(A) has a physical or mental impairment that does not substantially limit major life activities but that is treated by [an employer] as constituting such a limitation; (B) has a physical or mental impairment that substantially limits major life activities only as a result of the attitudes of others toward such impairment; or (c) has none of the [above described impairments] but is treated by [an employer] as having such an impairment.
45 C.F.R. 84.3(j) (2) (iv).
With these guidelines in mind, the court finds that plaintiff has failed to raise a genuine issue of material fact on the question of whether he is an "individual with handicaps" as contemplated by the Rehabilitation Act. Plaintiff himself testified unequivocally that his physical activities both on and off the job are unrestricted and unhampered by the sarcoidosis. This testimony plainly indicates that the problems associated with the disease do not substantially limit any of his major life activities. The Fifth Circuit has recently held that a "person is not handicapped if his vision can be corrected to 20/200." Chandler, 2 F.3d at 1390. Certainly then, plaintiff, whose vision is corrected to 20/30, is likewise, as a matter of law, not handicapped by the eye problems which result from the side effects of the medication he takes to control the sarcoidosis. Neither would he be considered as having a history of a physical impairment which substantially limits his major life activities. Even when his vision was at its worst, plaintiff was prohibited only from driving and then only for a limited amount of time. He clearly testified that this prohibition only marginally affected his work. Plaintiff has brought forth no evidence to suggest that his supervisors considered him handicapped by his sarcoidosis. His work record was impeccable, and his reviews were always satisfactory. Plaintiff himself testified that his condition was never mentioned during any of his evaluations. In this court's view, these circumstances do not indicate that defendant regarded plaintiff as having a physical impairment which substantially limited any major life activity.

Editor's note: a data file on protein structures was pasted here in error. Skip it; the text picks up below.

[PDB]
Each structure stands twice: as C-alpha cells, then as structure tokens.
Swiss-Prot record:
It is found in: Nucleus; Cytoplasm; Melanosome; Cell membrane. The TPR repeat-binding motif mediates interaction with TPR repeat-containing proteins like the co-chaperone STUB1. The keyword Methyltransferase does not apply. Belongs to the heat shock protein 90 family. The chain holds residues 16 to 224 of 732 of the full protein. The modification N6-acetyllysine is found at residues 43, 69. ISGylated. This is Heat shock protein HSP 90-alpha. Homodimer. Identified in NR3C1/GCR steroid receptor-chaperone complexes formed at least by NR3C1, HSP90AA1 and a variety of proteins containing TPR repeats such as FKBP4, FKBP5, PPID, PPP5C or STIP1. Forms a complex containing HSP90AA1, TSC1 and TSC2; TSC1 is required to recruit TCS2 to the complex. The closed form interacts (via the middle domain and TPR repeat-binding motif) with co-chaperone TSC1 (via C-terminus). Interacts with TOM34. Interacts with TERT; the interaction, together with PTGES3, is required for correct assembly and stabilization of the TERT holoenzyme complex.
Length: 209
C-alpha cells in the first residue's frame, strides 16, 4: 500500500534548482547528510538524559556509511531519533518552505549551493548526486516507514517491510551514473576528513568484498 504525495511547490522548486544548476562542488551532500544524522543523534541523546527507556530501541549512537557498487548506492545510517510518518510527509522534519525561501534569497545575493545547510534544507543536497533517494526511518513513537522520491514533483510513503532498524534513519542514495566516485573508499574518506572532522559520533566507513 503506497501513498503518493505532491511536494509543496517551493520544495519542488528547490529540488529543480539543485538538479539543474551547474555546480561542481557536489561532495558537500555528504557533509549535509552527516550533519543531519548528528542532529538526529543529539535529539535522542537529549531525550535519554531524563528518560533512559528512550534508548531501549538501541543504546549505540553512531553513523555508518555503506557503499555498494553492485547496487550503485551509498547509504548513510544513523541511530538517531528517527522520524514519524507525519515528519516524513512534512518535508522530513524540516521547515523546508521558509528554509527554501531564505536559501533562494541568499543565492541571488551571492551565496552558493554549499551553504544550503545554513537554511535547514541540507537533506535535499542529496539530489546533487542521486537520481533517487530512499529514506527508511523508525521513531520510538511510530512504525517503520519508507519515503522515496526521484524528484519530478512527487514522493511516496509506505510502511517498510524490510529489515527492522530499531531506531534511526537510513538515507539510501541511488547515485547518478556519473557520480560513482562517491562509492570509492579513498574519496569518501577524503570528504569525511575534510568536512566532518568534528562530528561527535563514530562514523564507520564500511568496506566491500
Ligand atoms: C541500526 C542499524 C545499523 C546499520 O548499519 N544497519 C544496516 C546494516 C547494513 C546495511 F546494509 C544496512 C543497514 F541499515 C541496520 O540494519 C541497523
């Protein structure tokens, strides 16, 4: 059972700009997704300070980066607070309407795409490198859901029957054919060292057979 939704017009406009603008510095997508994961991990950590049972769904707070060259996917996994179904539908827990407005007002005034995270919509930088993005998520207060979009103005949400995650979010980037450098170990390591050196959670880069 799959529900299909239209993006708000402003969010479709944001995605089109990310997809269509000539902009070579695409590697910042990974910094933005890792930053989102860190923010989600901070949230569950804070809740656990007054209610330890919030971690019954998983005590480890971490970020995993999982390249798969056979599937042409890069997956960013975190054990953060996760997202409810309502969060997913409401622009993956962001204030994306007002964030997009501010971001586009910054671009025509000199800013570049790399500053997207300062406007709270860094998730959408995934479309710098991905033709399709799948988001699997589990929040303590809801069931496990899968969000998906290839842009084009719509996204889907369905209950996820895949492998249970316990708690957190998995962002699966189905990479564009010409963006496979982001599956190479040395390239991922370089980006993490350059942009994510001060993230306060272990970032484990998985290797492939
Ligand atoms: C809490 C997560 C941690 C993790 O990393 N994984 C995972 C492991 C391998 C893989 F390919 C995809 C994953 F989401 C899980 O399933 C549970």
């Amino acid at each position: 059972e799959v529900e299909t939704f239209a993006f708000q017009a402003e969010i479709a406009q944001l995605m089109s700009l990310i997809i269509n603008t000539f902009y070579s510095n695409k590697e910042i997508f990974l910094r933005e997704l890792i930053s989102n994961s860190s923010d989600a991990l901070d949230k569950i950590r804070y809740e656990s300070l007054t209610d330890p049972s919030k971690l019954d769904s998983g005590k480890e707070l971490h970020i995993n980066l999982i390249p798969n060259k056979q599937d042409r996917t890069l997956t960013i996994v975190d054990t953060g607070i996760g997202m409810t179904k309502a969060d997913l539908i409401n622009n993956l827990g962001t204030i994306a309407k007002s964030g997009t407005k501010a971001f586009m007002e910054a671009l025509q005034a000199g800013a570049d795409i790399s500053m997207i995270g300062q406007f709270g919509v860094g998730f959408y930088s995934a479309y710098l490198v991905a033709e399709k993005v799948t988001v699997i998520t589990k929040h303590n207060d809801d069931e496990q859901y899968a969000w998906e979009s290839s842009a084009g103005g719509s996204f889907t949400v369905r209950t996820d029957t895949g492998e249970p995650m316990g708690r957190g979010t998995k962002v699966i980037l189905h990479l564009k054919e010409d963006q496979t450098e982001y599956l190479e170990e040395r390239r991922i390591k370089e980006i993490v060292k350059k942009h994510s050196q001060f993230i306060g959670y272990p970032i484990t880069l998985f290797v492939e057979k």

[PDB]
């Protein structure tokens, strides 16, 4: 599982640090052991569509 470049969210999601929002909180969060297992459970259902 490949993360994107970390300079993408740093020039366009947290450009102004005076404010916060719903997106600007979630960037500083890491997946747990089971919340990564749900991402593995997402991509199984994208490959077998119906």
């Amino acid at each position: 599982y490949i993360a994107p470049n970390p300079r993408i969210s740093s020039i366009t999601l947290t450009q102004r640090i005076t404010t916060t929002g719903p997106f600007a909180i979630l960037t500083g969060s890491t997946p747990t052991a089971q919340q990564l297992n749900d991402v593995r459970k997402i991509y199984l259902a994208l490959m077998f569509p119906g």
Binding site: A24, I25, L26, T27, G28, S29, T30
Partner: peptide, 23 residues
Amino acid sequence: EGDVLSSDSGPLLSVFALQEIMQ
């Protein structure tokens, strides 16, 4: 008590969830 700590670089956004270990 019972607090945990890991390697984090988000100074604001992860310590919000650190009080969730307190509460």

The court recognizes that in order to be covered by the Rehabilitation Act, a person need not have a so-called "traditional" handicap. 45 C.F.R. § 84 app. (Analysis of Final Regulation). However, he must have a physical impairment, the "severity [of which] is such that it results in a substantial limitation of one or more major life activities." Id. In this case, the court does not believe plaintiff has raised a genuine issue on this threshold question. Because summary judgment is appropriate, no ruling is necessary on the other pending motions.
A final judgment shall issue.
ORDER AND FINAL JUDGMENT
Pursuant to an opinion filed contemporaneously herewith, it is ORDERED:
*289 That defendant's motion for summary judgment is well taken and is granted;
That, in light of this ruling, the remaining motions are moot;
That this cause is hereby dismissed with prejudice.
 In layman's terms, sarcoidosis is defined as a "chronic disease ... characterized by the formation of nodules resembling true tubercles in the lymph nodes, lungs, bones, skin, and other organs." Webster's Third New International Dictionary (1961). Although sarcoidosis is incurable, Walker admits that it is controllable with medication.
 Although the hospital preserved the issue of whether Walker worked for a "program or activity" which received federal assistance, it did not address that requirement in this motion.
 This statute was amended, effective October 29, 1992, to substitute the phrase "individual with a disability" for the phrase "individual with handicaps." The court is required to apply the statute as it existed when this suit was filed, Chandler, 2 F.3d at 1389 n. 7, and the parties have not argued to the contrary.